This book focuses on a border police collaboration project in the Baltic Sea area aiming at fighting cross-border crimes. It deals with the challenges that inherently "suspicious" organizations face when forced to work together. The study offers unique insights into a European border police project, giving the reader a behind the scenes account of how cross-border policing and organized crime in Europe is prevented and solved.
Through detailed ethnographic descriptions, the book describes how a trust-based relationship, which is necessary for the exchange of sensitive intelligence information, gradually developed by the participants in and through their joint efforts to protect Europe from external threats and by performing everyday work together.
The study presented in this book is of interest to scholars as well as practitioners concerned with migration management, border policing, intelligence analysis, police culture, and the changing nature of policing in an increasingly global and interconnected world. The book includes various sociological features, such as emotion management, emotional labor, hegemonic masculinity, and takes an interactionist perspective on informal interactions such as joking, bantering, and telling stories. It is also of interest to readers engaged in various forms of intra-, inter-organizational, and inter-cultural collaborations.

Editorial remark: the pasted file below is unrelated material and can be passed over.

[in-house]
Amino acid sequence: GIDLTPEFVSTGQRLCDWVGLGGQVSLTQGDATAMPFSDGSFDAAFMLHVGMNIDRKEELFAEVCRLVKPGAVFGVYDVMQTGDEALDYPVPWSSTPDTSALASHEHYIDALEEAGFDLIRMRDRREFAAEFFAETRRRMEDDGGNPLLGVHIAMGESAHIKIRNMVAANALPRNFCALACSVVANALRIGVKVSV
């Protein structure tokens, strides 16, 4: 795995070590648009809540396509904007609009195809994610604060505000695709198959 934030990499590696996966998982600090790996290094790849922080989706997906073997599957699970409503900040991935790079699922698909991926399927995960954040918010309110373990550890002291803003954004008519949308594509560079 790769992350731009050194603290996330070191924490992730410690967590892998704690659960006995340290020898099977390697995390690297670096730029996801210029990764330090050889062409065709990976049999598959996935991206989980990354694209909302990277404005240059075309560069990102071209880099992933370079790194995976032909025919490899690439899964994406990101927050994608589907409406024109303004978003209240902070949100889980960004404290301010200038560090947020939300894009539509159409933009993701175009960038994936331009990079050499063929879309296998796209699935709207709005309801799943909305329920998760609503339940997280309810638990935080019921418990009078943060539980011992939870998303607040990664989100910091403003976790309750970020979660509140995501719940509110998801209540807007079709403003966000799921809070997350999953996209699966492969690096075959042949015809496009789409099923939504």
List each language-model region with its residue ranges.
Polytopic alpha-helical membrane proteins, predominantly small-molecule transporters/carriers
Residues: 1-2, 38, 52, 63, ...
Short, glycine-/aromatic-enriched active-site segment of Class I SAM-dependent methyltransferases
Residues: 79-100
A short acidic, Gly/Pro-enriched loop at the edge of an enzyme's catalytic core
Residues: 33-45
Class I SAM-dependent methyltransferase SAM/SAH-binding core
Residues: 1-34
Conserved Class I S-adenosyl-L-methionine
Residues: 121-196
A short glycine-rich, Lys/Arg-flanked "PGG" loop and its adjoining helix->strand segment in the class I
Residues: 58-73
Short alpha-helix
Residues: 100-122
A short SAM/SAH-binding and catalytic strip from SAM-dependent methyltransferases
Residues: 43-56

Table of Contents
1. A Culture of Distrust: Problems of Police Collaboration
2. Hoping for Collaboration: Finding Common Ground
3. Modes of Collaboration: Working Together
4. Creating a Community
5. Concluding Discussion
Sophia Yakhlef is a lecturer and researcher in sociology and criminology. She received her PhD in sociology in 2018. Her research interest include collaboration, border policing, migration, gender, identity, masculinity, humor, organization culture, the sociology of meetings, and emotion management.